Managing the Details of a Move While Grieving

By Lucille Rosetti

Moving into a new home is often a time of joy and excitement, but when this move follows the loss of a loved one, it may instead be a time of anguish. While you should never feel forced to make any major life decisions during this time, if you do decide a move is the right decision, here are a few tips to help you manage the details while you’re still grieving. Nationwide Burial at Sea understands what you’re going through. To help, we’ve put together the following guide to make this time more manageable.

Move Forward from Grief It can be a painful and difficult emotional experience to leave the house you shared with your loved one. Give yourself permission to accept the reality of your loss and to experience the pain you feel. Hiding your deep grief not only hurts you mentally, but, according to Fatherly, it can also lead to physical pain and sickness. When you have begun to accept and experience your grief, you will be one step closer to being able to move forward in your life. At some point, you will be ready to move into a new home and make new memories. Just because you are leaving behind your old house does not mean that you are leaving behind your memories; you can treasure them always, no matter where you live. Selling Your Home Putting your home up for sale will be overwhelming, so pace yourself and find a seasoned real estate agent who understands your situation. To connect with a great agent, turn to Home Captain through PennyMac USA. These concierge agents are seasoned professionals who can assist you every step of the way. You’ll also have a dedicated team to ensure this is a smooth transition. Plus, your agent will be able to help you find a new home in tandem. It’s a lot to conquer, but with experts by your side, you can do this. Bear in mind that if you sell your home within two years of your spouse’s passing, you may be eligible for a tax break on the profit of the sale. The Washington Post discusses a provision in the IRS tax code that allows home sellers with profits on the sale of their primary residence up to $500,000 if they are married. “So if you purchased a home for $100,000 many years ago and now sell it for $600,000, the $500,000 in profit would not be taxed at all by the IRS if you are married.” Of course, as with much of the tax code, there’s the small print, so it’s a good idea to talk to an accountant to get more information.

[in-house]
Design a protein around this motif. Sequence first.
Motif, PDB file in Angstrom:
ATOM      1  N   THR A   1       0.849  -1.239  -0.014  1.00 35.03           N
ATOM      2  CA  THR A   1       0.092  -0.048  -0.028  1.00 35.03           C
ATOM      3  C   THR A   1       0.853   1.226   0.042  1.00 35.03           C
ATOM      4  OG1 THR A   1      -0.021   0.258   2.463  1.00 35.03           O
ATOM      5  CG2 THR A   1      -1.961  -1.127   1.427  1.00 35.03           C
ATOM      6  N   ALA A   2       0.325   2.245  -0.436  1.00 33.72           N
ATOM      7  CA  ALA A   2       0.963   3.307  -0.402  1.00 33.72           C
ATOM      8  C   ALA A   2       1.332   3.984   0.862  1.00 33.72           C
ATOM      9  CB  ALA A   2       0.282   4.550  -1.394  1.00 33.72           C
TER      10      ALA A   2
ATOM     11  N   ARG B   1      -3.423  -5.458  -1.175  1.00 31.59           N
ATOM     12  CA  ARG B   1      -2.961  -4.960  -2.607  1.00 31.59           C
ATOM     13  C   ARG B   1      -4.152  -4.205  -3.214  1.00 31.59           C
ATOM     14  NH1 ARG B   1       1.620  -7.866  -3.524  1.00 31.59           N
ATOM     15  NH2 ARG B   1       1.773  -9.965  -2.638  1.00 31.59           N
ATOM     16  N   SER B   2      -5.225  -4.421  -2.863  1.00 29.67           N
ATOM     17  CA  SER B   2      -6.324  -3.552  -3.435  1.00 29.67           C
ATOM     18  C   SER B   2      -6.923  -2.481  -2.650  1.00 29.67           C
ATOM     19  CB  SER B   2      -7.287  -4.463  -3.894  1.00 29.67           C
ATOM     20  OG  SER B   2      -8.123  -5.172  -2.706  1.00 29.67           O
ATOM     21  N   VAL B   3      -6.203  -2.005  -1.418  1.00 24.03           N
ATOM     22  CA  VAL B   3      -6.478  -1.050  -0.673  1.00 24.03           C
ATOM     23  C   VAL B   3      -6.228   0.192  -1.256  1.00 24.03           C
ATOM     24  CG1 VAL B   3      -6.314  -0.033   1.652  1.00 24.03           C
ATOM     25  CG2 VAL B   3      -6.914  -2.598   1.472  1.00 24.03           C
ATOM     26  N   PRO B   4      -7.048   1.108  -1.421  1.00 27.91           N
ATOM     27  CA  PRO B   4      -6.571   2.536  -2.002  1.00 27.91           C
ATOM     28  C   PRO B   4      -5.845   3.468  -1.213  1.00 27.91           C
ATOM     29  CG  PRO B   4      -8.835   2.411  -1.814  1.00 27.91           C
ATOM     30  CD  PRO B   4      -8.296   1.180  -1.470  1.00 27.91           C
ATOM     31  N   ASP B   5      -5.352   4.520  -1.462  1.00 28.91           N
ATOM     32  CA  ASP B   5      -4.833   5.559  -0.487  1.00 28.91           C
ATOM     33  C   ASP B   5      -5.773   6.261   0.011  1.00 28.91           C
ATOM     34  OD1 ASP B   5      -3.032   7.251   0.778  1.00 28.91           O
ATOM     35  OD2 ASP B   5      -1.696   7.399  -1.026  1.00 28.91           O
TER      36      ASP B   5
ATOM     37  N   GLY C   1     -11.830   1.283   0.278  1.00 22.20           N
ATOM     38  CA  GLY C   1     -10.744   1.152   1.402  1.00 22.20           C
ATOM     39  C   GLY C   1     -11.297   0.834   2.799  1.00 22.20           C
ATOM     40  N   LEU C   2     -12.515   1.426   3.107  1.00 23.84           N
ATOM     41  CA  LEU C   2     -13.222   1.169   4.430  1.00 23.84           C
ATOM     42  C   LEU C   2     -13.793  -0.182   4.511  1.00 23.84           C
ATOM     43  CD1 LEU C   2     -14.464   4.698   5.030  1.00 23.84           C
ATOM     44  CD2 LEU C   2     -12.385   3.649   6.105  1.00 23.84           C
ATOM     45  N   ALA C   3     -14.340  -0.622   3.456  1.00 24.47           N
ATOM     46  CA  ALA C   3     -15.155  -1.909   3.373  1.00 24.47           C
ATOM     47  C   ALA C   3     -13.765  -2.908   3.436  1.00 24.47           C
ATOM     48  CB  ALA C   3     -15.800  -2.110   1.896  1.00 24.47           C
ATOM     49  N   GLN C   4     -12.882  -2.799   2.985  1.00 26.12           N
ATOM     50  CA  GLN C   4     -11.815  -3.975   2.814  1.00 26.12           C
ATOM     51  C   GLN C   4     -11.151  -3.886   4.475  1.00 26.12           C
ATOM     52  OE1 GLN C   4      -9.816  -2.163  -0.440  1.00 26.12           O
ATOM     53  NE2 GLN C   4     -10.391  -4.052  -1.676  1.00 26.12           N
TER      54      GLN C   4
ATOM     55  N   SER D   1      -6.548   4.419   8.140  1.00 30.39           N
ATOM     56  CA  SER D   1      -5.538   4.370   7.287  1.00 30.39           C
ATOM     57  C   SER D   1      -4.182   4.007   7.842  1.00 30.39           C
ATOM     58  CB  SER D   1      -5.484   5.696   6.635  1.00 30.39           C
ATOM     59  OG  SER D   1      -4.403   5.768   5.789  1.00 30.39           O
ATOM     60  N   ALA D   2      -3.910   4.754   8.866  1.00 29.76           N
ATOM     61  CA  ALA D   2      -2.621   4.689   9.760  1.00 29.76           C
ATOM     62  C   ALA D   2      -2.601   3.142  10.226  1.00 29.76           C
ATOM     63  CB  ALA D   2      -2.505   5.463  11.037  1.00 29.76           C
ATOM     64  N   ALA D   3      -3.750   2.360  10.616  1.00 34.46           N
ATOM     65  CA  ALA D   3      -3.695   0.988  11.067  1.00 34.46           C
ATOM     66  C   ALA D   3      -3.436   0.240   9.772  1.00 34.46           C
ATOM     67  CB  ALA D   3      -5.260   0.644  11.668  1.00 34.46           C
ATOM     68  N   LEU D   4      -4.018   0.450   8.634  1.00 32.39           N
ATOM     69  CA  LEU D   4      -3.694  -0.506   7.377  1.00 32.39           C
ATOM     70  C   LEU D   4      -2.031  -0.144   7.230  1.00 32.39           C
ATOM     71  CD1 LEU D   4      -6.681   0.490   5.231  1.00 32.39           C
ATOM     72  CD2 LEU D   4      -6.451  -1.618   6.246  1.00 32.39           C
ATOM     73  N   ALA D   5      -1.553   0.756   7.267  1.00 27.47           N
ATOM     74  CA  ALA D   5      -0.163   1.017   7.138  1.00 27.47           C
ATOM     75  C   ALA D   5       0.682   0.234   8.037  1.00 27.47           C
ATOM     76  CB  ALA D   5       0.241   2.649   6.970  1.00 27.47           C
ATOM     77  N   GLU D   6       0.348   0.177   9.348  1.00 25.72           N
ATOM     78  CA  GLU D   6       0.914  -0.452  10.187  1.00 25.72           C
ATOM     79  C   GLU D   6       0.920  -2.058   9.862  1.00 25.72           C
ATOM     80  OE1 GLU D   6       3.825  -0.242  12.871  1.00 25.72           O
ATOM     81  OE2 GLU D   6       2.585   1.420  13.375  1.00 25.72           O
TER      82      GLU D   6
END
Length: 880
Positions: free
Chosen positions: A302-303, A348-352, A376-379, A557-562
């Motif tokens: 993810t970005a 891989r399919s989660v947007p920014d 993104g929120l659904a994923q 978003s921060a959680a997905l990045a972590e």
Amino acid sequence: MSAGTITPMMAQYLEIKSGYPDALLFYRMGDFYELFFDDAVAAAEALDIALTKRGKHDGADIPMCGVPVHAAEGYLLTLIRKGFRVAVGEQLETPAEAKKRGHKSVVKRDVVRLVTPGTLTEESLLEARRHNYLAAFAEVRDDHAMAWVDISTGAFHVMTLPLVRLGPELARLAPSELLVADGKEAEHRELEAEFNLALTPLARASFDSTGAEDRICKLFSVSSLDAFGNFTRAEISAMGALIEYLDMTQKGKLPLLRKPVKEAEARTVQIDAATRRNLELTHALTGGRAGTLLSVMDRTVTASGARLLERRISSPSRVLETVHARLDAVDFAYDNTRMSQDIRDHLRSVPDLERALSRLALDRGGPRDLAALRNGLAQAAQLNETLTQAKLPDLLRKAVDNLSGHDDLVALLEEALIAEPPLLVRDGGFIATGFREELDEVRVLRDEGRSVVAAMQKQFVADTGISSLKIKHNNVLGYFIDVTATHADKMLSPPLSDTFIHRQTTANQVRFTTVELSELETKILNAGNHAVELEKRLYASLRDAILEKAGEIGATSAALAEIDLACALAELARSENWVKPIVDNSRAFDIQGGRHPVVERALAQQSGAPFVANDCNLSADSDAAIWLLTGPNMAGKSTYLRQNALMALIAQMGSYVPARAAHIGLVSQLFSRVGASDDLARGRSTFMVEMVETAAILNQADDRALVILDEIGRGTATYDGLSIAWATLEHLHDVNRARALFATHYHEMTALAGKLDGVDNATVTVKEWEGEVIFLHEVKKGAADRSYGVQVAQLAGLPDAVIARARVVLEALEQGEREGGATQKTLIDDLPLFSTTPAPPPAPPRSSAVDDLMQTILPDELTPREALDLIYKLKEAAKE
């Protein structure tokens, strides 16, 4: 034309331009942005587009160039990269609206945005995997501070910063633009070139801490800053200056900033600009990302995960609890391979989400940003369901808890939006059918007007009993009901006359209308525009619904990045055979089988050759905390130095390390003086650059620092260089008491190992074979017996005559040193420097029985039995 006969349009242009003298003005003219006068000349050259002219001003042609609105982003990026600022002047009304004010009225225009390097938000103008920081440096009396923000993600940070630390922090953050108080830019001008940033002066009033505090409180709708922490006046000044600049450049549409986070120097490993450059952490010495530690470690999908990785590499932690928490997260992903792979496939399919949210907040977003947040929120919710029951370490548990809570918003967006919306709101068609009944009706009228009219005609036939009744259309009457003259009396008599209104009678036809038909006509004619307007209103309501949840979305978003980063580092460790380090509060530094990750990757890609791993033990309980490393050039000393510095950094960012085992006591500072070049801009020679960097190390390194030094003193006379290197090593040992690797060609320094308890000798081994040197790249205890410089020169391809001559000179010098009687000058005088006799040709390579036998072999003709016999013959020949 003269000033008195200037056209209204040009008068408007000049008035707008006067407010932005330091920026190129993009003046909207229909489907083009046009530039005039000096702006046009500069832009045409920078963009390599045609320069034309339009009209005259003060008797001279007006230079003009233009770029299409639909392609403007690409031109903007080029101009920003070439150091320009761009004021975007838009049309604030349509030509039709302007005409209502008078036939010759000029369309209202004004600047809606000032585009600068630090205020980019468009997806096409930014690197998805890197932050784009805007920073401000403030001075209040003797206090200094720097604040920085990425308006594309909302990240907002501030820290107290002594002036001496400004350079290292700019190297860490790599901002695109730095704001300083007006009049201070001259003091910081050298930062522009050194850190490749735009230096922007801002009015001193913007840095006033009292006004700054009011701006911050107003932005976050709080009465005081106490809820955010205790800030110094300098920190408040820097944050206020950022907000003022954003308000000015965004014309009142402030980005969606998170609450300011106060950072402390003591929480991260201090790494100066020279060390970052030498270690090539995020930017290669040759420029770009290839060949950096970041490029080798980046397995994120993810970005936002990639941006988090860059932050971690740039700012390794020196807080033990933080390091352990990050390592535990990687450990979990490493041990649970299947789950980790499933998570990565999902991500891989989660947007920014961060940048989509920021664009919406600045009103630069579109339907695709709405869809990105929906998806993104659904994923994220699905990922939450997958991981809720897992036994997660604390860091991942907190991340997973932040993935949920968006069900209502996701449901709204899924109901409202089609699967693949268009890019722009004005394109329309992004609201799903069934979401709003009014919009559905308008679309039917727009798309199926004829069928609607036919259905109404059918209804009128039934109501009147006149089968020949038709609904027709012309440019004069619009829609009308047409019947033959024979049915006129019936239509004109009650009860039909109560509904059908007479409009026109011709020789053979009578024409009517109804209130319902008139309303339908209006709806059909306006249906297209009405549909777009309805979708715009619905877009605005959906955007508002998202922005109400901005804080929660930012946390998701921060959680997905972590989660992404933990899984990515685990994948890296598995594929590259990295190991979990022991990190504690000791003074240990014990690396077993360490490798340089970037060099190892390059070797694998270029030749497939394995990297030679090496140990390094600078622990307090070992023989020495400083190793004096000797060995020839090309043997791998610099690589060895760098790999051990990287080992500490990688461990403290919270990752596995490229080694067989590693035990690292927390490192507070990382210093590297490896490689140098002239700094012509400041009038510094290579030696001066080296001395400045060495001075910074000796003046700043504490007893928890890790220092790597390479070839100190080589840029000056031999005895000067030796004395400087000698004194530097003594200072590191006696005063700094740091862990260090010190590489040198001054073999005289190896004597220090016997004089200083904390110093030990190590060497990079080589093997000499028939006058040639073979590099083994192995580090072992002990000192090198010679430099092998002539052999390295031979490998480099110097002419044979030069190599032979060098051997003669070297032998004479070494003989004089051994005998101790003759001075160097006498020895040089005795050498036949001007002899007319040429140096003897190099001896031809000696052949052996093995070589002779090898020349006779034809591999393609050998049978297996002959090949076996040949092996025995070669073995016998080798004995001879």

Ask For (and Accept) Help Moving is a lot of work, both to pack up your old home and organize your new one. This is a great opportunity to ask for help. Asking for a hand can be hard, especially if you feel that you are inconveniencing people. Your friends and family are likely more than willing to assist you in any way you need, but if you’re still hesitant, you can call in a few pros. Professional movers, for example, typically cost $40 per hour for each mover, and you’ll cut your to-do list down and not feel that you’re imposing on your loved ones. Paring Down While packing up your old home, you’ll need to de-clutter and go through your belongings, including those of your loved one. It can be difficult to let go of things, so be patient and give yourself time. You don’t just have to get rid of items -- you can give away special mementos to other family members, donate good-quality items to a meaningful charity, and even take photos of large items to preserve the memory without having to pack the actual item.

Important Details to Remember in a Move Aside from the basics of taking your belongings from one place to another, there are some other important details to remember when moving. First, you can’t forget to arrange a deep cleaning of your old house. It’s easiest to do once all your belongings have cleared out, and you can hire a professional company to come in and do it all for you. A cleaning service is not usually a costly expense. According to an Thumbtack, house cleaning prices are typically in the $150 to

$250 range for a 2,000-square-foot home. You also need to remember to switch over all your utilities ahead of time. Call your utility companies to have the services transferred to your new home on the date you move in to ensure you have cool air or heat, electricity and internet services when you get there.

Getting Settled in Your New Home Once you’ve moved into your new home, you can find the balance between exploring your own new style and bringing in comfort and familiarity from your old home. Try creating some favorite spaces that help you relax, like turning your bathroom into a peaceful spa retreat. If you are feeling lonely, you may want to consider getting a pet. According to Dr. Weil, pets are loving companions that can help you overcome feelings of loneliness and depression. Visit your local pet shelter to see if any of the animals waiting there may become your future companion. Moving into a new home can be difficult. However, over time, you will slowly begin to feel more at ease and comfortable in your new space.


About the Author:

Lucille Rosetti created TheBereaved.org as a means of sharing tools to help people through the grief process. Having lost some of the people closest to her, she understands what it’s like, and how it can be an emotional roller coaster that doesn’t always seem to make sense. She’s currently writing an ebook, Life After Death: A Wellness Guide for the Bereaved. Photo credit: Unsplash

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